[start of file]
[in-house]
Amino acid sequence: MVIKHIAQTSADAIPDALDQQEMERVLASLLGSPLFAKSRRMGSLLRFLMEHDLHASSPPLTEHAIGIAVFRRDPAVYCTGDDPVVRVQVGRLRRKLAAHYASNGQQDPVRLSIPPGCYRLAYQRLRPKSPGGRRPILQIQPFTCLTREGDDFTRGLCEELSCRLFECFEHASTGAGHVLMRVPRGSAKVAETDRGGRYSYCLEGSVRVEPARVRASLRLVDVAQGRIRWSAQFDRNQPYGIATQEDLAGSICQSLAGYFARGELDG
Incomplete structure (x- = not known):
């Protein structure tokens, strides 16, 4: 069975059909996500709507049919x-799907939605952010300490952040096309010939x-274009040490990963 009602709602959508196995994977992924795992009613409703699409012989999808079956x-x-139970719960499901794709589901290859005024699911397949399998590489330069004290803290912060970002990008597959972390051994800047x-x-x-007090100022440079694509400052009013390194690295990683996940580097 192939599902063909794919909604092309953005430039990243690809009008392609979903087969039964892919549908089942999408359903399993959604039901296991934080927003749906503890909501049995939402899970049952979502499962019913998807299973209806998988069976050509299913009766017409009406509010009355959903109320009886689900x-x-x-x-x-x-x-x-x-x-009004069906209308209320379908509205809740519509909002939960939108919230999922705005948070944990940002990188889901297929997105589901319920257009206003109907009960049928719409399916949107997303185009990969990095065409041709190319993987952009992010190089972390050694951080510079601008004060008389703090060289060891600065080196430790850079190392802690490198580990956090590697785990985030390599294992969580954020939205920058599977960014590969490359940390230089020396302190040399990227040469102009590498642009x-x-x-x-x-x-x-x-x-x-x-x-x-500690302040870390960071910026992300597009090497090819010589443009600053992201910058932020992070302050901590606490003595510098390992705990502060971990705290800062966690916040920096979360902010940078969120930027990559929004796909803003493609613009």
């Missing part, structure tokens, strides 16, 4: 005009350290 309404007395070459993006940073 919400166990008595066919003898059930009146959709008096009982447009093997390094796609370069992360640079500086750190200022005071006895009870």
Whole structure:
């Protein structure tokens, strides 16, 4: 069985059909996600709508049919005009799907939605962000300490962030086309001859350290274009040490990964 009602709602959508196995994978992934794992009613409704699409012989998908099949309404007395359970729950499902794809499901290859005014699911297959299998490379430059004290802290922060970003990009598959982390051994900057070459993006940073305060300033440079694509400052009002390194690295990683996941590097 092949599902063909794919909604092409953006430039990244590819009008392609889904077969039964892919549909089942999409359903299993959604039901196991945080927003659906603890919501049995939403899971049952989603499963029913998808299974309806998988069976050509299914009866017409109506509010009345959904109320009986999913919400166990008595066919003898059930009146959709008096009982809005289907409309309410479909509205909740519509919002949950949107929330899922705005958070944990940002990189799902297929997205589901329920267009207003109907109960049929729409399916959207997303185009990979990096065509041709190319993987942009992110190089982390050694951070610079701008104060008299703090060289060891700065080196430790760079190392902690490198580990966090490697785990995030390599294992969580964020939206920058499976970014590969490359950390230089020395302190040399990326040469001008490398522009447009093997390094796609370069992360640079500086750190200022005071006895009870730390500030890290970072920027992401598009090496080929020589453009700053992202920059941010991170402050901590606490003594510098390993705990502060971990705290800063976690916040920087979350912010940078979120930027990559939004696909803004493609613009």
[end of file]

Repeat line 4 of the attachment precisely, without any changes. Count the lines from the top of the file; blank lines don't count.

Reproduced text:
């Protein structure tokens, strides 16, 4: 069975059909996500709507049919x-799907939605952010300490952040096309010939x-274009040490990963 009602709602959508196995994977992924795992009613409703699409012989999808079956x-x-139970719960499901794709589901290859005024699911397949399998590489330069004290803290912060970002990008597959972390051994800047x-x-x-007090100022440079694509400052009013390194690295990683996940580097 192939599902063909794919909604092309953005430039990243690809009008392609979903087969039964892919549908089942999408359903399993959604039901296991934080927003749906503890909501049995939402899970049952979502499962019913998807299973209806998988069976050509299913009766017409009406509010009355959903109320009886689900x-x-x-x-x-x-x-x-x-x-009004069906209308209320379908509205809740519509909002939960939108919230999922705005948070944990940002990188889901297929997105589901319920257009206003109907009960049928719409399916949107997303185009990969990095065409041709190319993987952009992010190089972390050694951080510079601008004060008389703090060289060891600065080196430790850079190392802690490198580990956090590697785990985030390599294992969580954020939205920058599977960014590969490359940390230089020396302190040399990227040469102009590498642009x-x-x-x-x-x-x-x-x-x-x-x-x-500690302040870390960071910026992300597009090497090819010589443009600053992201910058932020992070302050901590606490003595510098390992705990502060971990705290800062966690916040920096979360902010940078969120930027990559929004796909803003493609613009």